Central to a number of religions is the belief that humans are reborn in the flesh — or reincarnated. Reincarnation is taught primarily in the Eastern religions, such as in Hinduism and Buddhism. In Western culture, the growing number of New Age and Neo-Pagan believers embrace the idea of reincarnation. Esoteric types of philosophies, such as Kabbalah, Gnosticism and Esoteric Christianity may also teach reincarnation. Some argue that the concept of reincarnation is alluded to in New Testament, citing when John the Baptist is regarded as a reincarnation of Elijah (Matthew 11:14 and 17:11, Mark 9:11-13).
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CFree.org reports that early references to reincarnation mentioned in the New Testament were removed in the fourth century by Emperor Constantine when the Roman Empire adopted Christianity as their official religion. By the sixth century, the Second Council of Constantinople officially declared reincarnation to be heresy. During these same early Christian times, many Church fathers and even the Gnostics accepted reincarnation, though they were politically forced to keep their beliefs a secret due to fear of persecution. These persecutions continued as late as the twelfth century. PastLives.org asserts that:
The first 300 years after Jesus' death, there were many variations of Christian doctrine as the new religion spread throughout the Roman Empire. A number of factions developed, some believing in reincarnation, some not, and the factions were frequently in conflict. In an attempt to consolidate his crumbling Roman Empire, the Emperor Constantine in 325 A.D. offered his official support to Christians if they would settle their differences and establish a unified set of beliefs. The resulting Council of Nicaea put together the foundation of the Roman Catholic Church and established a new doctrine, from which reincarnation was omitted. Christians were instructed to drop any belief that was not covered in the doctrine. However, the belief in reincarnation did not disappear easily, and in fact persisted for centuries afterwards. It the early 13th century, the Pope launched a crusade against the Cathars, a reincarnationist Christian sect in Italy and Southern France, and wiped them out completely. This, and the ensuing Spanish Inquisition with its fatal intolerance for any deviance from strict church doctrine, was finally effective in forcing Christians to give up their belief in reincarnation — at least publicly!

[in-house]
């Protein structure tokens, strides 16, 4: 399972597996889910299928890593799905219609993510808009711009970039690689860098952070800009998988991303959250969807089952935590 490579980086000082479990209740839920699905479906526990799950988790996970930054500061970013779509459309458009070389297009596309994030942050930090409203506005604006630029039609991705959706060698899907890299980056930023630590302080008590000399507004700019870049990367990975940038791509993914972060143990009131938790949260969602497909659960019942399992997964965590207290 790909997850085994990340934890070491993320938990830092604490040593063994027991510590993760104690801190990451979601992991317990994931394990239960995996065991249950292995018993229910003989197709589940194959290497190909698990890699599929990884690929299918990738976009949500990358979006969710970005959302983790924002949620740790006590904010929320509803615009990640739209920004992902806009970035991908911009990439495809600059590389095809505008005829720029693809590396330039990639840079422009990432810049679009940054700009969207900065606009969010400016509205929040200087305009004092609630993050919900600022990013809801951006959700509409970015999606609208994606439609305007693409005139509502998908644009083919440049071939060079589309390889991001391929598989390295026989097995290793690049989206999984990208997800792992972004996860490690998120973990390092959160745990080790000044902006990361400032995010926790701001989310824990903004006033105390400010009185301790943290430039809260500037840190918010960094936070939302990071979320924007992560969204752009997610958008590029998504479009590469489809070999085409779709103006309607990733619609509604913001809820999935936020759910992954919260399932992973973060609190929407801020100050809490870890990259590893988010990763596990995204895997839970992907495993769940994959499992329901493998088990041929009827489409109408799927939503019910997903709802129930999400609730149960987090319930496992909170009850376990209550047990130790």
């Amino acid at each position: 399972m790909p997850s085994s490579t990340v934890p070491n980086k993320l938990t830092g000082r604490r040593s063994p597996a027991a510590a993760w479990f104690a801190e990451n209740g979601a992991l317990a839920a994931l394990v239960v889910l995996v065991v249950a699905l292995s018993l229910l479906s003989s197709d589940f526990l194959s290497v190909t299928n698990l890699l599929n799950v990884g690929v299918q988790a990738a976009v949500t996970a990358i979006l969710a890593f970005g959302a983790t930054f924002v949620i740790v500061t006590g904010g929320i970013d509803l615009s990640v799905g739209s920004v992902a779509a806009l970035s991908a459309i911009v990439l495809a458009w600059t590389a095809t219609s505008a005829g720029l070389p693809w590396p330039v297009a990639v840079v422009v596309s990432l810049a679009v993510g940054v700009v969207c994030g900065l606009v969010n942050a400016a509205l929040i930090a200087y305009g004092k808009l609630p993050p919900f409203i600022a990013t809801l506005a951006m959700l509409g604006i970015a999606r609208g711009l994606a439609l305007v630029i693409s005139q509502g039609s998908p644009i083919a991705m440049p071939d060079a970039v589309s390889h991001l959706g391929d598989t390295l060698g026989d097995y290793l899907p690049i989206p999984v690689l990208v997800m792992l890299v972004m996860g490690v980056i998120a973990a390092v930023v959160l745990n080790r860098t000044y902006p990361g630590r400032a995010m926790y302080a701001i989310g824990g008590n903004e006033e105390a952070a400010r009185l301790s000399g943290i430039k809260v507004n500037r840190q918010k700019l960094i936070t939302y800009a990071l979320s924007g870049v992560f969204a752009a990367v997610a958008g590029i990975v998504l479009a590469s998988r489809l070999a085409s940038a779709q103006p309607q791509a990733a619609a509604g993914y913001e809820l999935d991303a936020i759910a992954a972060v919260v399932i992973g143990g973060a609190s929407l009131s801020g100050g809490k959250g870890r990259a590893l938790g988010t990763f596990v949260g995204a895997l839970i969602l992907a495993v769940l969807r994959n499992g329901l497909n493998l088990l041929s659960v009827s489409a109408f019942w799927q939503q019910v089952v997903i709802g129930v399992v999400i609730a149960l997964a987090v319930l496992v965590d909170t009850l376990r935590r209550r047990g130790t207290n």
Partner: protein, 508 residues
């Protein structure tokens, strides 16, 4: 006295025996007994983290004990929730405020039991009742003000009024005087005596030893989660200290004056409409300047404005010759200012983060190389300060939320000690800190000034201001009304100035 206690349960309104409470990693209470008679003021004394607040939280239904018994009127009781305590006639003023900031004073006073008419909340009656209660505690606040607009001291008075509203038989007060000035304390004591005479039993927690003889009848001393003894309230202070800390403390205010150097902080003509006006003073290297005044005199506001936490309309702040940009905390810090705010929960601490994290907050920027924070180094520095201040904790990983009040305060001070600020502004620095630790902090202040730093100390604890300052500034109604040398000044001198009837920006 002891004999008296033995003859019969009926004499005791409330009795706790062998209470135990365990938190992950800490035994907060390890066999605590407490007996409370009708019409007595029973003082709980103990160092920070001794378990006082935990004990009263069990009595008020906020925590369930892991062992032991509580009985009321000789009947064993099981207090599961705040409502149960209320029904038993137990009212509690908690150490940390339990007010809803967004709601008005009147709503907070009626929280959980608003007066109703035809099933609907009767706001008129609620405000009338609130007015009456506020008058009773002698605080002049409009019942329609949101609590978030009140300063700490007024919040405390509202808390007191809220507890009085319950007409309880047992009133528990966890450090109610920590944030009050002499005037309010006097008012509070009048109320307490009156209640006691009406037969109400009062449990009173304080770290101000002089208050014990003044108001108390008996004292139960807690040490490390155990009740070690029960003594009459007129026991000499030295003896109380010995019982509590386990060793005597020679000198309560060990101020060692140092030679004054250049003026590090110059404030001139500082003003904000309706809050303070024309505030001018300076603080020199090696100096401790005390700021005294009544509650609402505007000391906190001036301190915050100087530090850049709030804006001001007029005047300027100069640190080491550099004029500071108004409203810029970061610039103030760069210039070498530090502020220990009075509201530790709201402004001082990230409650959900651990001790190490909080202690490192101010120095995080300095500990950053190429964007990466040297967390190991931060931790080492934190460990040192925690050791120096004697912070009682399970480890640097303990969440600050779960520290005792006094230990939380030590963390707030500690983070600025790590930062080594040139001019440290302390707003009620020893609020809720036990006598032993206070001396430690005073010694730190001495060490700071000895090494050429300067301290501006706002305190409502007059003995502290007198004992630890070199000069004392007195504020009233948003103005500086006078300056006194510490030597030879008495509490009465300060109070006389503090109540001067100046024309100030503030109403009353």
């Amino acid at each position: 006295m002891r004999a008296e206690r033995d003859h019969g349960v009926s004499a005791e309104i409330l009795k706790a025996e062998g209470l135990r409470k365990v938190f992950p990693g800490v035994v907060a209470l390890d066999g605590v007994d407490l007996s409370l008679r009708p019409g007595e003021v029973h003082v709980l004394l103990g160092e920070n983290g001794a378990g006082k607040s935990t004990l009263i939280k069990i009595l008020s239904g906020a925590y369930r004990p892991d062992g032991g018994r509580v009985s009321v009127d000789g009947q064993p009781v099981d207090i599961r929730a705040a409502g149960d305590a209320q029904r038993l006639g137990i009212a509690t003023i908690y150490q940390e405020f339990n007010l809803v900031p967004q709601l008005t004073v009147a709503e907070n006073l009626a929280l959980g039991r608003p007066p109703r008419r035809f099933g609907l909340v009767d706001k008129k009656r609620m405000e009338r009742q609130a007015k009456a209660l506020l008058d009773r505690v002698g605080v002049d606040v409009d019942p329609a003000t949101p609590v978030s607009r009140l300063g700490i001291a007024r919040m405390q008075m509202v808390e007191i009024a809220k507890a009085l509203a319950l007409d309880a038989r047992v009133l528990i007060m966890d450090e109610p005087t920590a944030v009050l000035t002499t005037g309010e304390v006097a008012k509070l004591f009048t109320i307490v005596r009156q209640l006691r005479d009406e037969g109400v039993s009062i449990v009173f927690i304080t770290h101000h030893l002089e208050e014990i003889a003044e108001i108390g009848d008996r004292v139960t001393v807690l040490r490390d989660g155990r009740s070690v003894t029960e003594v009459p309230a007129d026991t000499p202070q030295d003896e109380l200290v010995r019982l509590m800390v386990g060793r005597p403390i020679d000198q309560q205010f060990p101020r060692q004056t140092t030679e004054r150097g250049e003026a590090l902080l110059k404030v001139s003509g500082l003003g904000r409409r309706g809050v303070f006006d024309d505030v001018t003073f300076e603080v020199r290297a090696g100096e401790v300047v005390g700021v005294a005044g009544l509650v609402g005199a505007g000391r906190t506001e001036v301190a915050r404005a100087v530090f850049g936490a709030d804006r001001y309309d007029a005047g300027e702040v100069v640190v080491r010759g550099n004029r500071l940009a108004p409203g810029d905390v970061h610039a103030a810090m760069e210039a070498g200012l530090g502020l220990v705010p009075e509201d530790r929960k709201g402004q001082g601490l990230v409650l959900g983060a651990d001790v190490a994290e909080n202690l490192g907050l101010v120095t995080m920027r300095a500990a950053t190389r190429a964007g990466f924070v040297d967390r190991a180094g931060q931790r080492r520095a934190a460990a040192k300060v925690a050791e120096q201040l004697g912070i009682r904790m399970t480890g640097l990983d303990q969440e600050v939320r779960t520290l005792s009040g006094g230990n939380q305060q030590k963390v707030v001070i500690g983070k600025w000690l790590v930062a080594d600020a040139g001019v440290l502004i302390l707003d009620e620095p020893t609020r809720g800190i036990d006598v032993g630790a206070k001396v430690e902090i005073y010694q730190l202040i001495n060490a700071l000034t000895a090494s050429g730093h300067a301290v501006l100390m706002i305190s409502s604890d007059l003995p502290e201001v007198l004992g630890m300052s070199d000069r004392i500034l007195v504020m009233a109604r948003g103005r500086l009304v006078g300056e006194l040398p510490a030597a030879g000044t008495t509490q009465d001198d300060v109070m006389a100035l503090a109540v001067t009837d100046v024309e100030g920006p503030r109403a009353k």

Children and Reincarnation
Children are thought to remember their past lives more readily than adults. Charles Gibson featured a young boy and his down-to-earth parents on an issue of Primetime, which explored the subject of reincarnation. This story is interesting because the little boy who allegedly remembered his past life had died in World War II and some of his buddies and a sister from that life are still alive.
Western Culture's Belief in Past Lives
A 2005 Harris Poll found that 21% of American adults believe in reincarnation, and 25% are unsure. Although it did not give the citation to the Gallup Poll, an article appearing on Catholic Planet noted that according to the poll, 25% of Catholics in the United States believed in reincarnation. The article, which was apparently intended for a Chinese audience, attempted to tie China's growing suicide rate with a belief in reincarnation and warned Catholics that the church did not believe in reincarnation and that, "As parents and elders, it is our duty to correct any misconception regarding reincarnation."
Past Life Regression and Reincarnation
In this 1983 documentary with Australian hypnotherapist Peter Ramster, four women are regressed to their past lives. They then visit the places they remembered while under hypnosis. The results reported on this documentary are fascinating. Could they be faked? Sure. Nonetheless, it is an interesting documentary. If these experiments were not staged, the stone in part 10 is truly remarkable.